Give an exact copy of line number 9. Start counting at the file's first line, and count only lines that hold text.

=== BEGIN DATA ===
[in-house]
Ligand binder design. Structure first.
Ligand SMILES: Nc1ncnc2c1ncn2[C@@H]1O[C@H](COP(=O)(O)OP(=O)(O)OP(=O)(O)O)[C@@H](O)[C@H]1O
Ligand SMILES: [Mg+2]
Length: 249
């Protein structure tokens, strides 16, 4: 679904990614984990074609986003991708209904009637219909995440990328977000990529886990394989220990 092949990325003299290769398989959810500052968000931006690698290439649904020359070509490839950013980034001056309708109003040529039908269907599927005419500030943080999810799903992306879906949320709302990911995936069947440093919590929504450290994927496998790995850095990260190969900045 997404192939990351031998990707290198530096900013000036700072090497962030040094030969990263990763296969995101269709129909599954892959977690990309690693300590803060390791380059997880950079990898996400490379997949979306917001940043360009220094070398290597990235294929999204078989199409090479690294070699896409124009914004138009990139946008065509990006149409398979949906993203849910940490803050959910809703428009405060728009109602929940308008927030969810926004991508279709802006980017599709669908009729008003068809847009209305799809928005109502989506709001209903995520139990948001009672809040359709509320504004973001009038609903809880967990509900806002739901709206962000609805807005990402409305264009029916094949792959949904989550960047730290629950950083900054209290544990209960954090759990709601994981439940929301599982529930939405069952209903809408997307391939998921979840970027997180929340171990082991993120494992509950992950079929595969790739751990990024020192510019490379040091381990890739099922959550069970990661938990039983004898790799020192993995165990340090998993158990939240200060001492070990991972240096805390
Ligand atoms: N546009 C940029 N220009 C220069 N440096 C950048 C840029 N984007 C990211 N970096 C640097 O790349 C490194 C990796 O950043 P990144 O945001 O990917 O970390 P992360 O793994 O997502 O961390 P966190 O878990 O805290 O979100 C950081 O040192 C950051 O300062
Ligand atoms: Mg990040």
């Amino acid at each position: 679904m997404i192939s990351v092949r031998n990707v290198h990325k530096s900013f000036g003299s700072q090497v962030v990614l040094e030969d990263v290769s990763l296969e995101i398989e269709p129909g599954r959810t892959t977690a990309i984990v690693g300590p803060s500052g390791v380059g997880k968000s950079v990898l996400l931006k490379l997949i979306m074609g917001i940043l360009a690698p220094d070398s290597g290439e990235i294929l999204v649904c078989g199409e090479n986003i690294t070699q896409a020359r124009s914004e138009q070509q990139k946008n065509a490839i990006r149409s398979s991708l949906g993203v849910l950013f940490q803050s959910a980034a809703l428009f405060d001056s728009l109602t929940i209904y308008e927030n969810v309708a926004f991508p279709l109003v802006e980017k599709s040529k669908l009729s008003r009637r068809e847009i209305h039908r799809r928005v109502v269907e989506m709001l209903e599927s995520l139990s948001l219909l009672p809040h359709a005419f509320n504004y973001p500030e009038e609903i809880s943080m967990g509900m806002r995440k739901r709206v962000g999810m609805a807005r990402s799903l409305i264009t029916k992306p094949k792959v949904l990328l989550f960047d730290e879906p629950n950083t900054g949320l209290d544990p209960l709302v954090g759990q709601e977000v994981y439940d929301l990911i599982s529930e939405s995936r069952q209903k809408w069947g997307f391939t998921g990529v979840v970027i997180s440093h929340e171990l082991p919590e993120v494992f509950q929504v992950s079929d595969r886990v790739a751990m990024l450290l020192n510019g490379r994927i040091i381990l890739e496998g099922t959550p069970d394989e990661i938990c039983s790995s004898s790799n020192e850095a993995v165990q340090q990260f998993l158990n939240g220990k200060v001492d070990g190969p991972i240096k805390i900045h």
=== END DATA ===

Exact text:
């Amino acid at each position: 679904m997404i192939s990351v092949r031998n990707v290198h990325k530096s900013f000036g003299s700072q090497v962030v990614l040094e030969d990263v290769s990763l296969e995101i398989e269709p129909g599954r959810t892959t977690a990309i984990v690693g300590p803060s500052g390791v380059g997880k968000s950079v990898l996400l931006k490379l997949i979306m074609g917001i940043l360009a690698p220094d070398s290597g290439e990235i294929l999204v649904c078989g199409e090479n986003i690294t070699q896409a020359r124009s914004e138009q070509q990139k946008n065509a490839i990006r149409s398979s991708l949906g993203v849910l950013f940490q803050s959910a980034a809703l428009f405060d001056s728009l109602t929940i209904y308008e927030n969810v309708a926004f991508p279709l109003v802006e980017k599709s040529k669908l009729s008003r009637r068809e847009i209305h039908r799809r928005v109502v269907e989506m709001l209903e599927s995520l139990s948001l219909l009672p809040h359709a005419f509320n504004y973001p500030e009038e609903i809880s943080m967990g509900m806002r995440k739901r709206v962000g999810m609805a807005r990402s799903l409305i264009t029916k992306p094949k792959v949904l990328l989550f960047d730290e879906p629950n950083t900054g949320l209290d544990p209960l709302v954090g759990q709601e977000v994981y439940d929301l990911i599982s529930e939405s995936r069952q209903k809408w069947g997307f391939t998921g990529v979840v970027i997180s440093h929340e171990l082991p919590e993120v494992f509950q929504v992950s079929d595969r886990v790739a751990m990024l450290l020192n510019g490379r994927i040091i381990l890739e496998g099922t959550p069970d394989e990661i938990c039983s790995s004898s790799n020192e850095a993995v165990q340090q990260f998993l158990n939240g220990k200060v001492d070990g190969p991972i240096k805390i900045h």